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This week in… Urban Water Use
Today, the State Water Resources Control Board will consider adding more restrictions on urban water use in the State. Last year, the State Board adopted emergency regulations for urban water conservation. Today’s regulation would readopt last year’s emergency regulations and impose new restrictions. The proposed regulations consist of four types of requirements:
- a prohibition on certain irrigation practices
- restrictions on certain commercial activities
- an order for all urban water suppliers to implement mandatory restrictions on outdoor irrigation
- an order for water suppliers with 3,000 or more service connections to provide monthly data on water production, compliance actions, and outdoor water conservation measures being implemented
Two weeks ago, the State Board released urban water use data for January 2015, which shows that water use in January fell nearly 9% in 2015 from 2014.
In other news…
- New Research in the journal of the Proceedings of the National Academy of Sciences suggests that warm temperatures combined with low precipitation increases the probability of drought in California. The report also shows that climate change further increases the probability of drought as a result of warmer weather conditions.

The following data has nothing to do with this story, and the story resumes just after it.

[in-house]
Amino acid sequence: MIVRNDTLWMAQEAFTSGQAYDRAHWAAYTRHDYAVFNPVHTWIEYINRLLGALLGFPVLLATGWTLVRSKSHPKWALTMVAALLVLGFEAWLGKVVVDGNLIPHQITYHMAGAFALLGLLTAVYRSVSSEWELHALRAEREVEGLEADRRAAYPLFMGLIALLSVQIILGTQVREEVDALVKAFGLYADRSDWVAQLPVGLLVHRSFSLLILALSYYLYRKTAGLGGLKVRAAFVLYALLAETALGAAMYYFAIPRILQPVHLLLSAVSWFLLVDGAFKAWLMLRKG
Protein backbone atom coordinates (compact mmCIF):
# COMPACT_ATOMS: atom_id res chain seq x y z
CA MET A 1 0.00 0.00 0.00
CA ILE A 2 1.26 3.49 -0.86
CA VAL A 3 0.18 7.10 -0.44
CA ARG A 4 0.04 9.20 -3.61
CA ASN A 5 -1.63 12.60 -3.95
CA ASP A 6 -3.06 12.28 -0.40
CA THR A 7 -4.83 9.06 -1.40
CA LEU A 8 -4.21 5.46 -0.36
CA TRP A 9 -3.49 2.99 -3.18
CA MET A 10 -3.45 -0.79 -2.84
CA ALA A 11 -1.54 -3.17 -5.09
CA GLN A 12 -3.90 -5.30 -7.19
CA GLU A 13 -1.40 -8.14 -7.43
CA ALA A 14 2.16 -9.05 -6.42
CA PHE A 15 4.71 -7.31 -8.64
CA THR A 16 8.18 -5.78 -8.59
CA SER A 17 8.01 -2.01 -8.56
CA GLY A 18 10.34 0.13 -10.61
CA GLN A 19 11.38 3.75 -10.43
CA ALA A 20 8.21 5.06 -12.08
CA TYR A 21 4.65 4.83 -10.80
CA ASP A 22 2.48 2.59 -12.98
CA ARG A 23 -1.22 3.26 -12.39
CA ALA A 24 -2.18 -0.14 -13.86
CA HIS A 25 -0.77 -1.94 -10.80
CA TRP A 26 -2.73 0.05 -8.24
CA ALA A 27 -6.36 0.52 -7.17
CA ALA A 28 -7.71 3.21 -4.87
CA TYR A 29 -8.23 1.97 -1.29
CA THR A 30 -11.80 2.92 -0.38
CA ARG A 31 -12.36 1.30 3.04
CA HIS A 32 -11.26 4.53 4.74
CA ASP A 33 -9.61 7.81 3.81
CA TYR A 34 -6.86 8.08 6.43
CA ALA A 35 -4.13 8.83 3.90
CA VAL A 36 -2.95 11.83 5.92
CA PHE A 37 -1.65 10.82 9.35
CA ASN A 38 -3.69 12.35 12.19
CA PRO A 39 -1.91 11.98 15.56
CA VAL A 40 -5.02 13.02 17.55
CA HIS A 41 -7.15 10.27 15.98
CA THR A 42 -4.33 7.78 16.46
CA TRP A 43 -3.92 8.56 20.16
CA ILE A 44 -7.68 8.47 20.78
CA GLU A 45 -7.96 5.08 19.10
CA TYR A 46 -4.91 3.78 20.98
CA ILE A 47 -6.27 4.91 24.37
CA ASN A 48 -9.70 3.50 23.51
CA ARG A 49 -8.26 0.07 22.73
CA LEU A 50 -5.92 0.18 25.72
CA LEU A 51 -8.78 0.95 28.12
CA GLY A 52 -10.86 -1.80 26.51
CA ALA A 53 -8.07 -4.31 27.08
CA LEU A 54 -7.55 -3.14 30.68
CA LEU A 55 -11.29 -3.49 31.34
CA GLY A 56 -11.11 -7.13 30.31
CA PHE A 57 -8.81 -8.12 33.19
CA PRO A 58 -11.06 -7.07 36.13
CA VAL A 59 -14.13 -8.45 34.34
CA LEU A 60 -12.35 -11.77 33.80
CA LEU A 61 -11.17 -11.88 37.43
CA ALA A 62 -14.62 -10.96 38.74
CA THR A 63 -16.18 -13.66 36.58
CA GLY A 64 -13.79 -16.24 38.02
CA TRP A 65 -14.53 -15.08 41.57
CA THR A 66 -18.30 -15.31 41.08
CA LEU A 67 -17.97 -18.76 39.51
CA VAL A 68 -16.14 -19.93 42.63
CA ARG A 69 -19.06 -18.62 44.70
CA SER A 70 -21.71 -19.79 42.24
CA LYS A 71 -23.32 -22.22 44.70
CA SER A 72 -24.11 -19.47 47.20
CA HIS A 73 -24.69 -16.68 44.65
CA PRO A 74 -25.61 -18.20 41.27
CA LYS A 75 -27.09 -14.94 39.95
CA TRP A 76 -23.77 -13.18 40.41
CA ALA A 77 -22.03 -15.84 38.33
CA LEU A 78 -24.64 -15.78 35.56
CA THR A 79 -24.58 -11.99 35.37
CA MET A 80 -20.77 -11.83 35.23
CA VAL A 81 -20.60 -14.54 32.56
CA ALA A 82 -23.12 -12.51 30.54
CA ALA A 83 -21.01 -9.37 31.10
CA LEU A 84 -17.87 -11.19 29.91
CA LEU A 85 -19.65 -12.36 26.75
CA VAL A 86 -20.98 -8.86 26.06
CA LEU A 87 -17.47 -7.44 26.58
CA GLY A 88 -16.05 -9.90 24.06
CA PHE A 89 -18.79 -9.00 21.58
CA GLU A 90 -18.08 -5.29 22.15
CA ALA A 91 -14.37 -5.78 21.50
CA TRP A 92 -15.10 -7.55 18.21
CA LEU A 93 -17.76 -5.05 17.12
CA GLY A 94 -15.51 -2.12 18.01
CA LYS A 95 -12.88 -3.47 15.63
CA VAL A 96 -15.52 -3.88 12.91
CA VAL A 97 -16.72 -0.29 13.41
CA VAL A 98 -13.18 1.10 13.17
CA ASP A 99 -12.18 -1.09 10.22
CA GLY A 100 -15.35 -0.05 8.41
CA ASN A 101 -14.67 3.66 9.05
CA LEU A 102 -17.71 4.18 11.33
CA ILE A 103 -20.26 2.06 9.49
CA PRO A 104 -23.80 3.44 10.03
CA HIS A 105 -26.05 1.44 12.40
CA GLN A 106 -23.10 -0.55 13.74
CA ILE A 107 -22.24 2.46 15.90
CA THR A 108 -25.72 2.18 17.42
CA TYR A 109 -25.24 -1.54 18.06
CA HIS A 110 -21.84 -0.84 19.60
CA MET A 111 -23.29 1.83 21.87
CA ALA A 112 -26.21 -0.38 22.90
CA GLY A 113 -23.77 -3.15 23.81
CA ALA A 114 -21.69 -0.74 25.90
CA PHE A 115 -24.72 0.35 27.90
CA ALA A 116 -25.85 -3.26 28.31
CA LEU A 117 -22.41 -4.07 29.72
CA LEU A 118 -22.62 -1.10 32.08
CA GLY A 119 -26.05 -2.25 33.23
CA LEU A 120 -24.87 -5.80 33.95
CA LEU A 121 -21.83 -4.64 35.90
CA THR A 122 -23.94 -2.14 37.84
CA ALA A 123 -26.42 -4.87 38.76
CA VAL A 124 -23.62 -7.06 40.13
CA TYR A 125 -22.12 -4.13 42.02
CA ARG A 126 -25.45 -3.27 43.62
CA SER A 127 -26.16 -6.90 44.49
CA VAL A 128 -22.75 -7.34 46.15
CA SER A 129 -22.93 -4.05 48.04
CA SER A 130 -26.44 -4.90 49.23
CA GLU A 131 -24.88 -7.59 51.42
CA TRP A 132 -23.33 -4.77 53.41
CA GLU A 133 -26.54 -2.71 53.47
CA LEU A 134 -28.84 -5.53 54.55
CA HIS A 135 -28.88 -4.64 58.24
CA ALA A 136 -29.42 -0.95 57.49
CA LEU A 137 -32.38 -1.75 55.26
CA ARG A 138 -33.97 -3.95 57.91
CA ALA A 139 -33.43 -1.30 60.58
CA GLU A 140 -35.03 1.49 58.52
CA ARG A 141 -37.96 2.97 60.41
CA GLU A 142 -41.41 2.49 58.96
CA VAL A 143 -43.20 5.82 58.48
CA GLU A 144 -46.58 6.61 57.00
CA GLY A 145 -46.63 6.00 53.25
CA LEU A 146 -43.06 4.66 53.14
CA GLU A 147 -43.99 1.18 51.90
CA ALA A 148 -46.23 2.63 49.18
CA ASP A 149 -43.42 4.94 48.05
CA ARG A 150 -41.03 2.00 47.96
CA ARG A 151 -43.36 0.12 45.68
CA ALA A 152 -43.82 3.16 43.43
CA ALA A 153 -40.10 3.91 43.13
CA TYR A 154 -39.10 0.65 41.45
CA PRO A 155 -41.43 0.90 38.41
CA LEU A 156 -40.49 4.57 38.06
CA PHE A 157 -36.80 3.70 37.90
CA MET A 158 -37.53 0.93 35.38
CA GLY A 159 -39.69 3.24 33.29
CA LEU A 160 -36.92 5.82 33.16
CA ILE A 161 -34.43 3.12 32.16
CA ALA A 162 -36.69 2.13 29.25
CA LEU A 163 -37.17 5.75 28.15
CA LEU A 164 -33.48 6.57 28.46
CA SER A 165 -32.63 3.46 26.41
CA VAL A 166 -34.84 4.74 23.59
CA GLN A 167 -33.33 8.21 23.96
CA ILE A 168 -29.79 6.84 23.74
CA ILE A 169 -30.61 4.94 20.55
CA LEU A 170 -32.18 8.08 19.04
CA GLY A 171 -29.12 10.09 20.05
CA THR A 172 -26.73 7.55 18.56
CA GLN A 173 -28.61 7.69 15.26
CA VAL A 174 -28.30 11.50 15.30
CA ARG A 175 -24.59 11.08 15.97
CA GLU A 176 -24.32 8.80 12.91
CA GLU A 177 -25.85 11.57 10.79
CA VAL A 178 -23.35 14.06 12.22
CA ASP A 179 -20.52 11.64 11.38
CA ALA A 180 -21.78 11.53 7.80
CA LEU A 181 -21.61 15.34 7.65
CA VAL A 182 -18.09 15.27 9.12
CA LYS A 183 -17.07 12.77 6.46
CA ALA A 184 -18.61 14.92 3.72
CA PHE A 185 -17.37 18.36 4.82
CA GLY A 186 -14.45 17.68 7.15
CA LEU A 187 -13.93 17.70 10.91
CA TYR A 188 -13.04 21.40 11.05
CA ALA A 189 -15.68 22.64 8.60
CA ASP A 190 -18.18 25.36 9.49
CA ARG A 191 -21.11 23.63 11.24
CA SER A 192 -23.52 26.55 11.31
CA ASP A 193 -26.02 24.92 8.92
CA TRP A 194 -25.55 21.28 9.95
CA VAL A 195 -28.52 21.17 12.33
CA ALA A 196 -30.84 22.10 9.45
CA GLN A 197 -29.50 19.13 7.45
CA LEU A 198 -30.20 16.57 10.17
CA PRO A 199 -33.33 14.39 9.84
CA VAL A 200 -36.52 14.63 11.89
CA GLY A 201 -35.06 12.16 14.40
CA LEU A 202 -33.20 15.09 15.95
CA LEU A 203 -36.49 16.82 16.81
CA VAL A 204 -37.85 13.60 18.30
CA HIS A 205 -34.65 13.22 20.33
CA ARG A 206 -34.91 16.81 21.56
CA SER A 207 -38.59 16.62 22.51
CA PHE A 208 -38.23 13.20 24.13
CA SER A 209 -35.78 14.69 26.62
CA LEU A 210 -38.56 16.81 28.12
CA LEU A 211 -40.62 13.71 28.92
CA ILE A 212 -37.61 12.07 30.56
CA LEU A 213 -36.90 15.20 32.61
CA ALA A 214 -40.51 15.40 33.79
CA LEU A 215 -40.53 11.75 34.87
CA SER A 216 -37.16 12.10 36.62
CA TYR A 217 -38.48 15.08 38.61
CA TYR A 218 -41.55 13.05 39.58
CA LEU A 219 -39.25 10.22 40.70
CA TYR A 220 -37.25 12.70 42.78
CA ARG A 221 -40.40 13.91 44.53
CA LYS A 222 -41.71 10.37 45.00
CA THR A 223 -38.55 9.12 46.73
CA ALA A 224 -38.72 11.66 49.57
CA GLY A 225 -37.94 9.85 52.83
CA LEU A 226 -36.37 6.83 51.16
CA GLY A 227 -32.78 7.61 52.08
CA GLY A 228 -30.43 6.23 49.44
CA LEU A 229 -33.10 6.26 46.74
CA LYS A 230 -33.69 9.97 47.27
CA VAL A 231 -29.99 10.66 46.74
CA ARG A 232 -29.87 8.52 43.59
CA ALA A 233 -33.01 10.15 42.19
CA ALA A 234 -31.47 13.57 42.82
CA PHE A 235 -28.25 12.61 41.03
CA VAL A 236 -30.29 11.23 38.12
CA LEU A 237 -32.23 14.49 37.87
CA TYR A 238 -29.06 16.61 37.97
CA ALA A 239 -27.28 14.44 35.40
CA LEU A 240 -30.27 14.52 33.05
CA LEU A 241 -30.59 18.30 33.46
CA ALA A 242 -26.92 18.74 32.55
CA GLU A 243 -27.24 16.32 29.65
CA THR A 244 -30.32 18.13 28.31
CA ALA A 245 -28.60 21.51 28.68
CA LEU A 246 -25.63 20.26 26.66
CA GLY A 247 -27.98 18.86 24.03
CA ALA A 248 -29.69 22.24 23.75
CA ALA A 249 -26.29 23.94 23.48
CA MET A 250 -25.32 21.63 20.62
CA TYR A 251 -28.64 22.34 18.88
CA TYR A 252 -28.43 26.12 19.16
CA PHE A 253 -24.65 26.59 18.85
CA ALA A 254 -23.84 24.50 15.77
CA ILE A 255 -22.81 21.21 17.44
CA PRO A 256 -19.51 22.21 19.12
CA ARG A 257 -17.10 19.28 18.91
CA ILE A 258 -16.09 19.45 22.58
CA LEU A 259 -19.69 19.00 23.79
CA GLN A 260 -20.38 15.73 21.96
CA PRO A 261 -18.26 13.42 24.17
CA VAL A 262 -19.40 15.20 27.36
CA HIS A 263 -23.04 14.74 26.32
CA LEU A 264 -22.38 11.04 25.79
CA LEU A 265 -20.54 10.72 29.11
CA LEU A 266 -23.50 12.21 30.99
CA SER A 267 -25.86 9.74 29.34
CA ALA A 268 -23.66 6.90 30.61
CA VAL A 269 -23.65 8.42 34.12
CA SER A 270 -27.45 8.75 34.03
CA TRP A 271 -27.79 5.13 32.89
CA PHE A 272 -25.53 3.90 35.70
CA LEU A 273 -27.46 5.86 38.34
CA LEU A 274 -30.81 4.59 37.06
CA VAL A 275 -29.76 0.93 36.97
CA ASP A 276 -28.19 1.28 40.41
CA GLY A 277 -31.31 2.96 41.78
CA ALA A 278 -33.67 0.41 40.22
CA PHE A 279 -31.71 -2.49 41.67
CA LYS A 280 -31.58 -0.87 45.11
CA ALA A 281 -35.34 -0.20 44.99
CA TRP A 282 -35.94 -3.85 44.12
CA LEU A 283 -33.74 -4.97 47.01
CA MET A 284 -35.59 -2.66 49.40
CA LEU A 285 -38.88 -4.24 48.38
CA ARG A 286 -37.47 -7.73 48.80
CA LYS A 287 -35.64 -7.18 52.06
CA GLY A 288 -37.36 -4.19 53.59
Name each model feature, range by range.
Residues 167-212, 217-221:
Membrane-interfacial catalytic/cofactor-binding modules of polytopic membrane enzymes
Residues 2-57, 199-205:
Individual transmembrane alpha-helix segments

- The National Oceanic and Atmospheric Administration announced the development of an El Niño, an ocean-atmospheric phenomenon characterized by warmer-than-average sea surface temperatures in the central Pacific Ocean. However, scientists predict the El Nino will be weak and will not result in impacts to global weather conditions.
- The Department of Water Resources conducted this season’s third manual snow survey. On March 3rd, snowpack was 19% of average for this date, the second lowest recorded snowpack in March.
California Drought Status
Drought conditions have not changed from two weeks ago.
Average precipitation for the water year (which begins October 1st) is still at or below normal for most of the state.
Statewide, California’s major reservoirs (representing 27.3 million acre-feet of storage) are at 46% of capacity and 67% of average.
Hydroelectric power generation in December 2014 was 7% higher than 2013, but 52% less than the 2000-2012 average. For the 2014 calendar year, hydroelectric power generation was 31% less than last year.